Sound: Synth pop. You either love it or you hate it. There really isn't much of an in between. Synth pop and it's many subdirectories have become ever popular to the world of nightclubs and dance parties, and to some of us rock and metal-bound folk, this type of music is absolute torture. In fact, many of us wouldn't be caught dead nodding our heads to these computer-generated tunes. But for those music lovers whose eardrums were gifted with a diverse taste for tunage, than this new release may be right up your alley. Electronic experimental band Crystal Castles first began making ripples in the music world with the release of their 2008 self-titled debut album, which combined the magical pop power of synth with twisting female vocals and lyrics, and was soon hailed by some critics to be one of the greatest albums of the entire decade.
This Canadian duo saw renowned fame once again in 2010 with another album, titled II, which was also met with generally positive feedback and moderate success. Now, Crystal Castles has returned to 2012, this time with a third studio album, this one titled (gasp!) III. Overall, I found this album to stay to true to it's two predecessors. Mind bending synthesizers, head jerking electronic drum beats, and murmuring vocals are definitely in surplus. But there also appears to be a little more depth to these new tunes, as compared to Crystal Castlesâ€™ earlier releases. Probably because the band traded in their old equipment for something shiner, in the intention of giving their new record a more unique and previously unchartered sound. For example, if you give the album's first single "Plague" a listen, the multiple layers of electronic sound and warping vocals is almost like taking a wild journey through the mind. Although this new music experience is a bit wilder, that doesn't necessarily mean better. Like I said earlier, it's not ideal for those of us who base our musical tastes around raging electric guitars and thunderous drum beats, but at the same time, it's not completely horrible, either. // 5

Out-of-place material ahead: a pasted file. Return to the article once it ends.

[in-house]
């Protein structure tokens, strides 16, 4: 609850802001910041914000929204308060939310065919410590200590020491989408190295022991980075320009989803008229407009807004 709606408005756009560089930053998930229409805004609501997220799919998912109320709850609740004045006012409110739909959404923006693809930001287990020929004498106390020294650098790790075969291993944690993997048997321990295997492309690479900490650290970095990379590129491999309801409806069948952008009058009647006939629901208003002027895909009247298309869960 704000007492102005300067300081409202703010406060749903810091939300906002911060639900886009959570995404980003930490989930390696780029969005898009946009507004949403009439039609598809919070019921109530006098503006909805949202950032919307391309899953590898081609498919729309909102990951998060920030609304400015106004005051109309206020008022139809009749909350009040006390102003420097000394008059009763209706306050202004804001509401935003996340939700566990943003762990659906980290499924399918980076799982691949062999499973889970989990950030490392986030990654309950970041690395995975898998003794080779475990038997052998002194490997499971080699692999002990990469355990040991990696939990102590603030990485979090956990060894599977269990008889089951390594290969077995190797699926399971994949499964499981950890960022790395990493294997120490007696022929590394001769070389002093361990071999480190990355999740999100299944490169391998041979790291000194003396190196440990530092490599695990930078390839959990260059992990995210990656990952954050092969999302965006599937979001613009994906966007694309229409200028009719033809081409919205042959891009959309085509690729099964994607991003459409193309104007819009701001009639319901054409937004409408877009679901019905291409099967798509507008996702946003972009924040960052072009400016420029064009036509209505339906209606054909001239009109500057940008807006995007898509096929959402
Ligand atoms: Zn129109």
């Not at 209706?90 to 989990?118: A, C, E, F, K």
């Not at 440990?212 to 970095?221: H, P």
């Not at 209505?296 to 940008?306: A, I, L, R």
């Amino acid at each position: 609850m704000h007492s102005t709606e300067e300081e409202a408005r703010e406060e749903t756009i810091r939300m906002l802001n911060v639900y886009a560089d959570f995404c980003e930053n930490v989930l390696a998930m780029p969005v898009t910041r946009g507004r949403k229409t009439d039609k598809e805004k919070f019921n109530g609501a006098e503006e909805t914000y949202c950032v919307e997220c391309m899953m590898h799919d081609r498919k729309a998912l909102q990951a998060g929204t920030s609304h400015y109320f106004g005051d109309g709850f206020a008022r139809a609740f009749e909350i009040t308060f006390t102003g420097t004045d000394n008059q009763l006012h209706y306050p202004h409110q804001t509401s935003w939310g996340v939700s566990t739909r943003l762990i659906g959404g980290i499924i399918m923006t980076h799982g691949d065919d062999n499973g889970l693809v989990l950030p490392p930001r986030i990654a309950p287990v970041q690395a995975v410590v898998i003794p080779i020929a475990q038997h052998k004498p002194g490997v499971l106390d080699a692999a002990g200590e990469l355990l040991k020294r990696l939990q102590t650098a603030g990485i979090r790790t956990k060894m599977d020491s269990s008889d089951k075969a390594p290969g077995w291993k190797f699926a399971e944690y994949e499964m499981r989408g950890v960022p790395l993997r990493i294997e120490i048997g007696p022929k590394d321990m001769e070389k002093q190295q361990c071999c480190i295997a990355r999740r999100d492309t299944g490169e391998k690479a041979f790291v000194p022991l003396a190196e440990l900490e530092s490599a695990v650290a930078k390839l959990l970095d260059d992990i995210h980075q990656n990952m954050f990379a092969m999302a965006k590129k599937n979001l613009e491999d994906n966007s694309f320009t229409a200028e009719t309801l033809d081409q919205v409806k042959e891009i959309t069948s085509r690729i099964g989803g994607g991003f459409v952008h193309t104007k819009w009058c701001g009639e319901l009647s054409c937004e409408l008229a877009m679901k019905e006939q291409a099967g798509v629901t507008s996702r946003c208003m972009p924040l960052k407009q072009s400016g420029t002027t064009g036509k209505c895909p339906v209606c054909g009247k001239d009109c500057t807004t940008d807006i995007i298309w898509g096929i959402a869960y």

Lyrics and Singing: When it comes to Alice Glass' singing on this new record, I honestly don't know how to rate it, or really even describe it. Alice's singing throughout most of the album is consistently muffled behind the galloping electronic drum beats and thunderous synthesizers, and the only times that you can really hear her voice at all is when she's nearly screaming at you! When she's screaming, you can't hardly make out what she's saying, and when she isn't screaming her words morph into a blur, so deciphering lyrics from each song is pretty much impossible. // 4
Impression: When it comes down to it, III has Crystal Castles doing exactly what Crystal Castles does best: experimental electronic synth pop. This time around, they've added a little more depth to their music thanks to newer equipment, but for the most part it's the same song and dance from Crystal Castles. So, when it comes to my overall impression with this album, I will try to stay positive. For the music lover out there who was already a fan of the band's earlier releases, you should be able to easily fall in love with their new disc. If you're the music fan who is looking for a incredibly diverse musical experience, then should definitely give this album a listen.
- Lou Vickers (c) 2012 // 5